They shall besiege you in all your towns throughout all your land, which the Lord your God has given you. And you shall eat the fruit of your womb, the flesh of your sons and daughters, whom the Lord your God has given you, in the siege and in the distress with which your enemies shall distress you. The man who is the most tender and refined among you will begrudge food to his brother, to the wife he embraces, and to the last of the children whom he has left, so that he will not give to any of them any of the flesh of his children whom he is eating, because he has nothing else left, in the siege and in the distress with which your enemy shall distress you in all your towns. The most tender and refined woman among you, who would not venture to set the sole of her foot on the ground because she is so delicate and tender, will begrudge to the husband she embraces, to her son and to her daughter, her afterbirth that comes out from between her feet and her children whom she bears, because lacking everything she will eat them secretly, in the siege and in the distress with which your enemy shall distress you in your towns.
      We have seen this pattern before, in the famine that opened Elijah's ministry, and in the attacks by wild animals that opened Elisha's ministry. Each of those incidents were specific fulfillments of covenant curses that God had threatened should the people harden their hearts against him. The pattern of curses in Deuteronomy escalates from futility to famine to forced labor to siege to cannibalism to exile to slavery. So in this passage, we find ourselves very late in that awful sequence. The first readers of this book, the generation who lived in the Babylonian exile and had written the book of Lamentations, knew these horrors all too well; it was this specific memory (1, 2) that seems to have most vividly convinced them that God had abandoned them.

      It is from this very horror that the poignancy of this passage comes out: the stories of salvation are not restricted to the innocent widows and prophets. Even here, in the midst of divine wrath and unspeakable atrocities, God was still acting to save his people. There is absolutely no one who should ever say that they are beyond the reach of God's grace.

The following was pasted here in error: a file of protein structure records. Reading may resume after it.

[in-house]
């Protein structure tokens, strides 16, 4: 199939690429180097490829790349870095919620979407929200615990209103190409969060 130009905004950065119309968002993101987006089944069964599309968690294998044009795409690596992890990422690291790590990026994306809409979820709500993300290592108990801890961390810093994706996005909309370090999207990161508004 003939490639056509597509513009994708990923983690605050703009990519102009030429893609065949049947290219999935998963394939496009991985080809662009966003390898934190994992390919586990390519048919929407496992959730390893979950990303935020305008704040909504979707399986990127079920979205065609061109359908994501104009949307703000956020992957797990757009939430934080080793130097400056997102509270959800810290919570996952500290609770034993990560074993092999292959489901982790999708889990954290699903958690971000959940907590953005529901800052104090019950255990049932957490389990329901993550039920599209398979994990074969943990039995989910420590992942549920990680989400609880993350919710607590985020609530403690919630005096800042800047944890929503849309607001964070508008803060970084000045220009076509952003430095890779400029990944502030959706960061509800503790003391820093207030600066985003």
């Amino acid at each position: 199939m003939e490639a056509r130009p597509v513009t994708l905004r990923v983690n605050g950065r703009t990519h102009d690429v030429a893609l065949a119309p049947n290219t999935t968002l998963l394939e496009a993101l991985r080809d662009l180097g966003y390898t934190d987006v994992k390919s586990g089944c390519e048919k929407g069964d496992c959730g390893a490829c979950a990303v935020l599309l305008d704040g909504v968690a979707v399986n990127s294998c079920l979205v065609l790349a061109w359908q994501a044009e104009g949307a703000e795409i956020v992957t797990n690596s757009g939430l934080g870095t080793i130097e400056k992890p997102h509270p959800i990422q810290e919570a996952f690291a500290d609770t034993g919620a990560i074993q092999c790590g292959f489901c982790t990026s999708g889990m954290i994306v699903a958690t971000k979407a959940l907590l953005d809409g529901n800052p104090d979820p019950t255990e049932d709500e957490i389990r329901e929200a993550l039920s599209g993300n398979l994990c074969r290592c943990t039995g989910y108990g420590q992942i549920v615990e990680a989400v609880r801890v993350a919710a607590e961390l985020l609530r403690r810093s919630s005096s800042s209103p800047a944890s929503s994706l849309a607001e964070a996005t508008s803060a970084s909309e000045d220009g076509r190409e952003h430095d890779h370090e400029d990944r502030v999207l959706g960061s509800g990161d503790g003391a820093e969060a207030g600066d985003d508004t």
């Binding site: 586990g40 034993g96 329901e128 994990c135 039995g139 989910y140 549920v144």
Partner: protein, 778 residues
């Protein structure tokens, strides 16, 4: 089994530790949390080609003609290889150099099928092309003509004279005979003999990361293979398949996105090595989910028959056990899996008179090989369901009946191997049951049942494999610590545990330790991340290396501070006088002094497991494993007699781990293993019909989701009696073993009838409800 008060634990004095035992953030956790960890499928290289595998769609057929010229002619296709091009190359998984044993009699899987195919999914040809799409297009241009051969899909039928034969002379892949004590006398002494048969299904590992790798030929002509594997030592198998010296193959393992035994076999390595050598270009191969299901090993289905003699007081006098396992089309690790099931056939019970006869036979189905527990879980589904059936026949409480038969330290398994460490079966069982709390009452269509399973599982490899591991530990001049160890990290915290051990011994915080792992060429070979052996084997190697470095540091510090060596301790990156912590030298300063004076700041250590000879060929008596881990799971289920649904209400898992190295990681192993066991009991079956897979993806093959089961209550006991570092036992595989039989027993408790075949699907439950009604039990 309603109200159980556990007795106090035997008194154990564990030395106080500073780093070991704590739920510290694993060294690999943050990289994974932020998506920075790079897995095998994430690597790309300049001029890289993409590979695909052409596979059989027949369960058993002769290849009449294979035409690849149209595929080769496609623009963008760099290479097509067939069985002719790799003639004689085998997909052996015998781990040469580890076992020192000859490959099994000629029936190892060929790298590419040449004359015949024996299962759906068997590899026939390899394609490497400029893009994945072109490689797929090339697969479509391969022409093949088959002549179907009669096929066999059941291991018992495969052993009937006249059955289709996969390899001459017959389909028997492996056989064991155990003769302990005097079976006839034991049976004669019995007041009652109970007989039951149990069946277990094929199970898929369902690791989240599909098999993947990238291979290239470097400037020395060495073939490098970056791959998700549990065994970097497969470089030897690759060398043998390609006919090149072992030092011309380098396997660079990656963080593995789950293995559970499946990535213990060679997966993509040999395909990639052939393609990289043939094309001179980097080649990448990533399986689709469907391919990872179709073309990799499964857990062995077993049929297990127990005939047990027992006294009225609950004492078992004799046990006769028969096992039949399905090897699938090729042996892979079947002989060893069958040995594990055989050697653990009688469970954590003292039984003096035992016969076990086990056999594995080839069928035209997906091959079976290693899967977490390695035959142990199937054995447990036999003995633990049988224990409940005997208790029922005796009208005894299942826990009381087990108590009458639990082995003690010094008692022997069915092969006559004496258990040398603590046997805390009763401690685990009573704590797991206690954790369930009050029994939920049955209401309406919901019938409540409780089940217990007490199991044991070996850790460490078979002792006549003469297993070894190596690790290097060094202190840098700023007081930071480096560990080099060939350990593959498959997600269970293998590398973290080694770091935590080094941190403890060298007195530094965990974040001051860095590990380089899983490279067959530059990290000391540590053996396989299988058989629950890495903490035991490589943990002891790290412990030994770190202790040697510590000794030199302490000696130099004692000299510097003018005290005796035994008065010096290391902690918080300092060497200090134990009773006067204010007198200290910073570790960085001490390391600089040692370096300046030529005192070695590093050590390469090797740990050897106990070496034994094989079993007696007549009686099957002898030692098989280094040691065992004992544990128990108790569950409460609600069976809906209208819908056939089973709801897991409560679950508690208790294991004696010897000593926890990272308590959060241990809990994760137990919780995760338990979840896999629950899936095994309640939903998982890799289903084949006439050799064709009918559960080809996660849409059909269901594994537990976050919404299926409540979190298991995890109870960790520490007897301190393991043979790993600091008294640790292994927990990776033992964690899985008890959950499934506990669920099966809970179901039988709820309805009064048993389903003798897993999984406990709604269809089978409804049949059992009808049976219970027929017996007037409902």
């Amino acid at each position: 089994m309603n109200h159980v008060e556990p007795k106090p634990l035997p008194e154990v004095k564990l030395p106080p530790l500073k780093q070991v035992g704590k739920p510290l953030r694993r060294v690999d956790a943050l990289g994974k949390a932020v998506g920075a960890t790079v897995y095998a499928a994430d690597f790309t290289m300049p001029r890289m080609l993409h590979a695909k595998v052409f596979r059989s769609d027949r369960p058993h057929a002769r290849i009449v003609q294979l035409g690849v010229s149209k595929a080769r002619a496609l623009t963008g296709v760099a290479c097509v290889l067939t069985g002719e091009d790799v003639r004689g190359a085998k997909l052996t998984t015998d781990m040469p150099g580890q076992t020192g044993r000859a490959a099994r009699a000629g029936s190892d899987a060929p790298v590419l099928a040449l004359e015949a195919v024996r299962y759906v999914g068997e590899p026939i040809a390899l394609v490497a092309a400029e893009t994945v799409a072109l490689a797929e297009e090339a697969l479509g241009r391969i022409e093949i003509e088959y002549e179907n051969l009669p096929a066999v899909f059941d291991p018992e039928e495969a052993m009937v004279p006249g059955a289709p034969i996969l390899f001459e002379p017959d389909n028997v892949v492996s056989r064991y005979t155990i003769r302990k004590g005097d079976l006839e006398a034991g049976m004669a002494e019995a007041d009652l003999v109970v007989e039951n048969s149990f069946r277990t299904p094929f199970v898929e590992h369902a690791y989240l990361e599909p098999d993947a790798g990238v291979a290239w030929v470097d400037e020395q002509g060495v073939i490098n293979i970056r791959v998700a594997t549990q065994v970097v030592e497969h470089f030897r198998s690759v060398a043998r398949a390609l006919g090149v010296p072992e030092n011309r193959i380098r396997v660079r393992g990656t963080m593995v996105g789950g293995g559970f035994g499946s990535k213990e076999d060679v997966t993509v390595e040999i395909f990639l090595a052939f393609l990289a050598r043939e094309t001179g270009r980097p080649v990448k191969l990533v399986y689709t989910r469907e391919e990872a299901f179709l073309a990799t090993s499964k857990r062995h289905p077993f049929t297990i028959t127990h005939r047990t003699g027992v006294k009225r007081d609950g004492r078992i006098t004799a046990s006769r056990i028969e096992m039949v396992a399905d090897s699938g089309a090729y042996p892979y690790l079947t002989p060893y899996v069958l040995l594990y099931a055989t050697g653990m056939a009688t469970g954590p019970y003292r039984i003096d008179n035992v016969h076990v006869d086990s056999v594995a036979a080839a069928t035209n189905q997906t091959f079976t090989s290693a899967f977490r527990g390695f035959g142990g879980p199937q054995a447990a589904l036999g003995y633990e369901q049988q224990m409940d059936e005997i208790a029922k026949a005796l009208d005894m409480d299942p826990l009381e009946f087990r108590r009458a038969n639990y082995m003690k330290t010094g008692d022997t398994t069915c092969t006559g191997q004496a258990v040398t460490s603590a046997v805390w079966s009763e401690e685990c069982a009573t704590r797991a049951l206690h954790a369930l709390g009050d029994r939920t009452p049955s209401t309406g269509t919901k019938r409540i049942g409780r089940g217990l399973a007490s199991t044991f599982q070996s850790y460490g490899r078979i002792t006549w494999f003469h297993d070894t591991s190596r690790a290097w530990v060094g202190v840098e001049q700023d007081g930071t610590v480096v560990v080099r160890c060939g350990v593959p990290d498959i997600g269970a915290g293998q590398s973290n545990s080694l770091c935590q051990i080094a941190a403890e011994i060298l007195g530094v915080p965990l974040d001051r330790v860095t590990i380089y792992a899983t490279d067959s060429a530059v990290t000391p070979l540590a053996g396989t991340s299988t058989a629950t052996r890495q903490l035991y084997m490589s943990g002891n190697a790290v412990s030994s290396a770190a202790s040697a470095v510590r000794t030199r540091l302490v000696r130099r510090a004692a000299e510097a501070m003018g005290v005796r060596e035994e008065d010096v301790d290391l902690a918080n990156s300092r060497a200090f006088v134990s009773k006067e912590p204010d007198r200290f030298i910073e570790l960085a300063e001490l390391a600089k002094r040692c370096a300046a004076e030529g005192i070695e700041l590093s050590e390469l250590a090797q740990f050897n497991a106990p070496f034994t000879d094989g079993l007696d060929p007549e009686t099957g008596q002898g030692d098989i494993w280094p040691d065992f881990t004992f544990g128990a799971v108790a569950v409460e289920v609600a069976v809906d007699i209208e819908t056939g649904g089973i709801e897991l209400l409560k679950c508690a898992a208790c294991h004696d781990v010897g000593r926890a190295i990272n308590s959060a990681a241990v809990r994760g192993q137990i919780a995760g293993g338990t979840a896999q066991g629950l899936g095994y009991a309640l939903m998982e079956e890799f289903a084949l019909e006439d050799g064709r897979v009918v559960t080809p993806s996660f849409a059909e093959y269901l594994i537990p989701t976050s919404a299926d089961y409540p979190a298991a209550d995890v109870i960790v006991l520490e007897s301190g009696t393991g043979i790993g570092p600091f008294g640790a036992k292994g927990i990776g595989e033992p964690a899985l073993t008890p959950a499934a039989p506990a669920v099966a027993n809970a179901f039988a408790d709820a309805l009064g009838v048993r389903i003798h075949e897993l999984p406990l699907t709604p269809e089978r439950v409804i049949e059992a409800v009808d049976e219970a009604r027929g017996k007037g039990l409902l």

For whom is this salvation realized? The destitute mothers, the lepers, the masses and the soldiers are all saved together. There is only one who will not enjoy the day of salvation, the loftily titled, "Third servant on whose arm the King leaned". He who would not live by the word of God did not live at all. This is not some petty vindictiveness on God's part; it is not even a necessary evil or harsh reality. God is continually reminding his people that the true salvation is not from famine or hardship or danger or sword. There is a far greater salvation to be had, one of which the experience of relief from famine and sword only begins to evoke. This salvation is into the fullness of life through relating to God, who creates all good things by his word.

      How are we to respond to this? We are the ones who bear the good news – it cannot be kept to ourselves. This is of course about evangelism, but it is more than that. The story ends on the rather mundane note of reporting to us the price of groceries: life would go on. Every way in which we manifest the freedom and joy of life the way it is supposed to be proclaims to a world overcome by the power of death that our God lives.

      September 12, 2013 at 1:05 pm |
    • Hope this helps

      in parts

      The story of the Aramean siege serves three basic purposes that I can see with respect to the overall argument of the book. First, it continues to drive home that most important of points, that we live by the word of God. Secondly, it makes the audacious claim that a relationship with God defined by the same sort of miraculous salvation we have seen repeatedly in the Elijah/Elisha narratives is possible even for a people who are under the worst of the covenant curses. Thirdly, it pushes forward the nascent sense of evangelistic purpose through the most accessible of characters, as the lepers reason to themselves, "What we're doing is not right. This is a day of good news and we are keeping it to ourselves. If we wait until daylight, punishment will overtake us. Let's go at once and report this..."

      September 12, 2013 at 1:06 pm |
  18. Sea Otter (Leader of Allied Atheist Allegiance)

    "When a Christian reaches for their book to reference a quote... you know they are about to lie their ass off..." ~LET

    September 11, 2013 at 4:51 pm |
  19. Observer

    (Ezekiel 5:10) " Therefore fathers shall eat their sons in your midst, and sons shall eat their fathers.”

    (Jer. 19:9) “And I will cause them to eat the flesh of their sons and the flesh of their daughters, and they shall eat every one the flesh of his friend"

    See? Anyone can post irrelevent Bible verses. Cannibalism is recurring theme in the Bible.

    September 11, 2013 at 4:49 pm |
    • sam stone

      as long as it is you eating your flesh and blood

      September 11, 2013 at 9:48 pm |
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The CNN Belief Blog covers the faith angles of the day's biggest stories, from breaking news to politics to entertainment, fostering a global conversation about the role of religion and belief in readers' lives. It's edited by CNN's Daniel Burke with contributions from Eric Marrapodi and CNN's worldwide news gathering team.